“(Perfectionism) is a double-edged sword, it’s encouraged me to push my limits and challenge myself as a student, and really think critically when necessary,” the student said. “In (extracurriculars) it’s actually helped me more than harmed me. I think in collaborative settings it can be helpful to encourage people to try their best and push themselves. But I think it can be very draining. There’s that kind of mentality you get … (that) everything I do needs to be perfect.”

There are many ways students can learn to deal with, and overcome, their perfectionist tendencies.

“Being in tune with your own body and own stress is important,” Hancock said. “The only way you can know if it is a problem or not is if you have some sense of yourself and how anxiety manifests itself in you.”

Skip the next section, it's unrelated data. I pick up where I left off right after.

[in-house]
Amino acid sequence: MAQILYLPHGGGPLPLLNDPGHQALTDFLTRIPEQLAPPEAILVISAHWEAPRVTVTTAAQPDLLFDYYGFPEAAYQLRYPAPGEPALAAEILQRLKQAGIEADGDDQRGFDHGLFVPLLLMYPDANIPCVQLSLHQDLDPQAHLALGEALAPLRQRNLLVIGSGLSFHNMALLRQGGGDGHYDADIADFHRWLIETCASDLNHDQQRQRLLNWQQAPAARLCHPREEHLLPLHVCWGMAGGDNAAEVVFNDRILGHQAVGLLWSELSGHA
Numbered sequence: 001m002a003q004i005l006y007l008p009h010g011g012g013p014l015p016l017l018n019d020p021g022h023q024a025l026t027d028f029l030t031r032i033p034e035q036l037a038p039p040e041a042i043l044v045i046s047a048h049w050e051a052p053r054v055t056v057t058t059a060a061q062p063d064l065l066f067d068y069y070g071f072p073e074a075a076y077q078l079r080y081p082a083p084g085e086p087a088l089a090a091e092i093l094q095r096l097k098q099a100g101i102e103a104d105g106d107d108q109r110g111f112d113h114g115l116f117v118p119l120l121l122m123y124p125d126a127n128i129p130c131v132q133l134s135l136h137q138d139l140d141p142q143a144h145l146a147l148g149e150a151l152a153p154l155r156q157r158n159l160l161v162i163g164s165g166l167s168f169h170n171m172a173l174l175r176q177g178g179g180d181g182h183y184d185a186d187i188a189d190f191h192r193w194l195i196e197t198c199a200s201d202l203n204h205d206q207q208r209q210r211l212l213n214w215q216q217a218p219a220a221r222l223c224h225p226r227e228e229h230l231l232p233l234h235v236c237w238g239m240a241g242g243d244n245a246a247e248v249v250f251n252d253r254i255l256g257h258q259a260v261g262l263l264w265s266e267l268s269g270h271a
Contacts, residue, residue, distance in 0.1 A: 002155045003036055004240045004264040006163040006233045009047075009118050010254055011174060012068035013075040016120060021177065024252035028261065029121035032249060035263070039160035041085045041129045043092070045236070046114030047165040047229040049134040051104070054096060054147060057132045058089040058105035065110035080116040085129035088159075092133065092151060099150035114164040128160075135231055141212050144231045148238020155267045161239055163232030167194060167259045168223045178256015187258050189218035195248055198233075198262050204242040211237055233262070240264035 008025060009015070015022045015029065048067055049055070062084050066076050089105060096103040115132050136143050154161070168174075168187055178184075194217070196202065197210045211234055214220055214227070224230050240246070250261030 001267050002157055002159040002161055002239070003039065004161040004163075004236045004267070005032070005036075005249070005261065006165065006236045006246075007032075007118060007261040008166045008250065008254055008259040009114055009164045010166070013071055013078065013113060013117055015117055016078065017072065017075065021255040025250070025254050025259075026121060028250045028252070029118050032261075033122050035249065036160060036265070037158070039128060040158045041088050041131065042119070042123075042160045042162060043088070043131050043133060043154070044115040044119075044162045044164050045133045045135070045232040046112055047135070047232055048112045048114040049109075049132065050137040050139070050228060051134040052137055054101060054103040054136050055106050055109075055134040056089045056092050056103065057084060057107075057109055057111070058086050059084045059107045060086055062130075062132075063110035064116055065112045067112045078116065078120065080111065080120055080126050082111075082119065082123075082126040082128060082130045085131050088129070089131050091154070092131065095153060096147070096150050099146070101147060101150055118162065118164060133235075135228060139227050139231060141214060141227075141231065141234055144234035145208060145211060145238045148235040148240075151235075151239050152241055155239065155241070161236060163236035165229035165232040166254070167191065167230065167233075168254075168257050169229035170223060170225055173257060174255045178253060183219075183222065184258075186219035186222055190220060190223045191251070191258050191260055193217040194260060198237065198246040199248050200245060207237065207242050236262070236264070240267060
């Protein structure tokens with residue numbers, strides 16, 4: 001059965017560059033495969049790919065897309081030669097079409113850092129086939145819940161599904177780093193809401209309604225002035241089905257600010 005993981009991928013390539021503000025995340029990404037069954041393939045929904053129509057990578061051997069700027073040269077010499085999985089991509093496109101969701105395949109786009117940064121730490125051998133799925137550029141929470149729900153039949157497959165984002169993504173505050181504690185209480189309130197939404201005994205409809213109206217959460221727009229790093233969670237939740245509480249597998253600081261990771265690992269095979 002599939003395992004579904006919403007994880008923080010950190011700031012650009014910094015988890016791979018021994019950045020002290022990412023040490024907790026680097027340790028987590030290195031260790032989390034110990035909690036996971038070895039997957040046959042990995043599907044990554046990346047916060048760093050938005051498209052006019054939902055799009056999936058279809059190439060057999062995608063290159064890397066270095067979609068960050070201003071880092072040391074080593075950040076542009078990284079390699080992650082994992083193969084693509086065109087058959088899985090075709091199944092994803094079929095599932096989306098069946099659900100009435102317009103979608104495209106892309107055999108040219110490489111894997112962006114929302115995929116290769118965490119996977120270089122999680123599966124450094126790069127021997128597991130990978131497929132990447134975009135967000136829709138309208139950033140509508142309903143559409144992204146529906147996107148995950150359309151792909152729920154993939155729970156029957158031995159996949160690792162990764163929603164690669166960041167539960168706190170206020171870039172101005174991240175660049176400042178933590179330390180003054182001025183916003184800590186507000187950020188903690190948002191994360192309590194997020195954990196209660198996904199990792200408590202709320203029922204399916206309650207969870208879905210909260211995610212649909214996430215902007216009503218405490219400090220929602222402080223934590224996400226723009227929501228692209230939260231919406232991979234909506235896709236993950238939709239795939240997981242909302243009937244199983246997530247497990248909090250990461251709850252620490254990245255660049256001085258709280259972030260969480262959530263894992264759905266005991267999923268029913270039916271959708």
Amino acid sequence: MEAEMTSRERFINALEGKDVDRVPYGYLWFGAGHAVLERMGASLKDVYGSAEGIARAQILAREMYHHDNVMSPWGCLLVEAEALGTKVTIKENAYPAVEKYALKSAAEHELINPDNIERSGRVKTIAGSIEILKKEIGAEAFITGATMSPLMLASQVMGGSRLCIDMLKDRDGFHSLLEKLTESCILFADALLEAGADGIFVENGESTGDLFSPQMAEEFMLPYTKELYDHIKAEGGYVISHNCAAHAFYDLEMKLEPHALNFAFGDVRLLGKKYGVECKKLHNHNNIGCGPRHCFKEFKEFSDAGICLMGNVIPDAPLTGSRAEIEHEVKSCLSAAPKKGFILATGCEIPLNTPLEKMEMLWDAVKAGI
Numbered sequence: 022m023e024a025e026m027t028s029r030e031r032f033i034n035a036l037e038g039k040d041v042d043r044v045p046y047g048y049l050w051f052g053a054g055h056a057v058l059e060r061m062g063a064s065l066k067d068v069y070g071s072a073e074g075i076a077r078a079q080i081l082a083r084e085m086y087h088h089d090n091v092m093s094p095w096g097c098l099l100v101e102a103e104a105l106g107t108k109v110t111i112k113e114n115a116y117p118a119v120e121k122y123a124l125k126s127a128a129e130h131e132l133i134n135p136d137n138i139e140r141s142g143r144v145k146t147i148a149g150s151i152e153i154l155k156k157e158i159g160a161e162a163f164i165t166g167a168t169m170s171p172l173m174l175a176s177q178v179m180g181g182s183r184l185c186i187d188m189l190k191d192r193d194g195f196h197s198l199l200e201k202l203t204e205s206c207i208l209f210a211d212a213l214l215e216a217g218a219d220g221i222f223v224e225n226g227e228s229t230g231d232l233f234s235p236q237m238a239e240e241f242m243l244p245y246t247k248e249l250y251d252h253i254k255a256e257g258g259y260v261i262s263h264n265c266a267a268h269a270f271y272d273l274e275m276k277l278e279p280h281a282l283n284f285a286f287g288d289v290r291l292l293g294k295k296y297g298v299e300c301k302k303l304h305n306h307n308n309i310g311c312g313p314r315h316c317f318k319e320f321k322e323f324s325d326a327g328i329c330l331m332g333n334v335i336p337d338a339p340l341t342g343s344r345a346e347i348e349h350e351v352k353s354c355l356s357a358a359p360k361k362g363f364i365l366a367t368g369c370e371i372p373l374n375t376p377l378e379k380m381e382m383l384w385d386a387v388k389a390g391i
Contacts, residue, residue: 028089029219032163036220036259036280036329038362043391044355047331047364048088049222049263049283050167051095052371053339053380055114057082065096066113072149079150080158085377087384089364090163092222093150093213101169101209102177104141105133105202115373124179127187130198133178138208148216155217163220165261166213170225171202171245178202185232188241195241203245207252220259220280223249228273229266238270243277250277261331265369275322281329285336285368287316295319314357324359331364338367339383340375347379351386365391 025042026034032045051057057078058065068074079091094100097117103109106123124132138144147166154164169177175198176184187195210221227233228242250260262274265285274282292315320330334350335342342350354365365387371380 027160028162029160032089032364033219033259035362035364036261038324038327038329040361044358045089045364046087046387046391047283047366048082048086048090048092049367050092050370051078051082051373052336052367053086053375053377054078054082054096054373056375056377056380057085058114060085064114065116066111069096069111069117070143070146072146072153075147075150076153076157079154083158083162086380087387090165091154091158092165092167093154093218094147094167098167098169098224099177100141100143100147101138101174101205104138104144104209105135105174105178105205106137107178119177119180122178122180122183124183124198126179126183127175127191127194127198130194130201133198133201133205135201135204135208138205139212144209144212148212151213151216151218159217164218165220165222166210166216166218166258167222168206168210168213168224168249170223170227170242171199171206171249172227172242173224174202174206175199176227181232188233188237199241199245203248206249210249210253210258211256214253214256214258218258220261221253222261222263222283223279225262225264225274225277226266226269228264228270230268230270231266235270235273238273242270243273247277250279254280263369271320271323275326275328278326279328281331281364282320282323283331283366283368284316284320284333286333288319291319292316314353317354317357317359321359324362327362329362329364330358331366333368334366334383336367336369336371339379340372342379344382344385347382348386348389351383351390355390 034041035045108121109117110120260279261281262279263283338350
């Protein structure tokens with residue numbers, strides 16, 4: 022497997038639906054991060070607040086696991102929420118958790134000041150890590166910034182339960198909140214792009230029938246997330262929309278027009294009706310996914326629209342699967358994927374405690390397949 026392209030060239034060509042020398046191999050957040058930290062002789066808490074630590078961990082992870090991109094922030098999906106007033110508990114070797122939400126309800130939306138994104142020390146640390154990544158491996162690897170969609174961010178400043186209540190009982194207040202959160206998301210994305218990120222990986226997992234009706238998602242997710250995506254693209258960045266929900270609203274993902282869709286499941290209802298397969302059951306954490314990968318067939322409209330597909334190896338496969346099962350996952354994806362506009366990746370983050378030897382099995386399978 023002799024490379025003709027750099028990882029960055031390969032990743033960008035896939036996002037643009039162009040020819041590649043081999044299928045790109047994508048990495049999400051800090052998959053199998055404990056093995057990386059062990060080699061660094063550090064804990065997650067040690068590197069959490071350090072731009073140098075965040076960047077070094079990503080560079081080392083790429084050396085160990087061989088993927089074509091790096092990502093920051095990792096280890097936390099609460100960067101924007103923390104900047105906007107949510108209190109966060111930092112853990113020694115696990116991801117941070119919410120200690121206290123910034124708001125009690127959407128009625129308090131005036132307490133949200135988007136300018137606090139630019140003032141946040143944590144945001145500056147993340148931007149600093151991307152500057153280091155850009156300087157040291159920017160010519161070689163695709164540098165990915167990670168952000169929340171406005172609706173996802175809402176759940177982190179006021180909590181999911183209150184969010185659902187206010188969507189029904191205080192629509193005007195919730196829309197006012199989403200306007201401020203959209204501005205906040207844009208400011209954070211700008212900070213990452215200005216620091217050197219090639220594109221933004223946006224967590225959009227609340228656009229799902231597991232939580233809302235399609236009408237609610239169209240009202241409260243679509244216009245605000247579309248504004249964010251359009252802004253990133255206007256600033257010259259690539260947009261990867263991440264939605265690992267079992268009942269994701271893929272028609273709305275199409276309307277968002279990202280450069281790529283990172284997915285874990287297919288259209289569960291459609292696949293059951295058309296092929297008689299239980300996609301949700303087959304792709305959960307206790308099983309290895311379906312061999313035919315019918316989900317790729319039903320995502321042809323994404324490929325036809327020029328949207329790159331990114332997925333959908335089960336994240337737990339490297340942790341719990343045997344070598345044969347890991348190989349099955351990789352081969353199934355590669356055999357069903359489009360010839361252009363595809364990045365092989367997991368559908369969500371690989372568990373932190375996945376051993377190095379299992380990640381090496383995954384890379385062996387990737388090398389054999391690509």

Being flexible with one’s thinking, being self-compassionate, having balance in one’s life, and having perspective are all important as well, according to Hancock.

In Anderson’s experience, having perspective has helped her deal with perfectionism.

“One thing I have found very helpful in dealing with perfectionism is to know that sometimes someone else’s perfect is not your perfect,” Anderson said via email. “We are all on different levels of our lives, so if someone’s notes look better than mine, it’s because the way we think is different. Your idea of perfect may differ from mine.”

Looking back on past experiences with a positive attitude can also be helpful in moving past perfectionism, according to a student.